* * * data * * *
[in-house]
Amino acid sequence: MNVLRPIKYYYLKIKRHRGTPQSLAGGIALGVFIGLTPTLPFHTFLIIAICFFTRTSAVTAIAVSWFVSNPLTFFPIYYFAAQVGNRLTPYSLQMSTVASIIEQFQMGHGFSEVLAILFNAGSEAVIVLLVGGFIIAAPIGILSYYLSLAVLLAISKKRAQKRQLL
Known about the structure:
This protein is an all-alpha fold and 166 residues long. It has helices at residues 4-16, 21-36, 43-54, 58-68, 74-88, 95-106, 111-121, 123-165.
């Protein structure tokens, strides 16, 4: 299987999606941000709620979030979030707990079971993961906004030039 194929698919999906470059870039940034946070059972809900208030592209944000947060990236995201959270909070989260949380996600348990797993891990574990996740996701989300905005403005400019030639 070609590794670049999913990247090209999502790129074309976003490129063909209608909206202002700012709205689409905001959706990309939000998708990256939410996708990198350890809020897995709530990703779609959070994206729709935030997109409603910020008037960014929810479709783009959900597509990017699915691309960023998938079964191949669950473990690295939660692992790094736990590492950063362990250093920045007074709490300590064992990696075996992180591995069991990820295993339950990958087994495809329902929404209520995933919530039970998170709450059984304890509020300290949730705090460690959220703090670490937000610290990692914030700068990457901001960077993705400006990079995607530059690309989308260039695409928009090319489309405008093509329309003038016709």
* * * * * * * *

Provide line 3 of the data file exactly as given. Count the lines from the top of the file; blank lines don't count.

Known about the structure: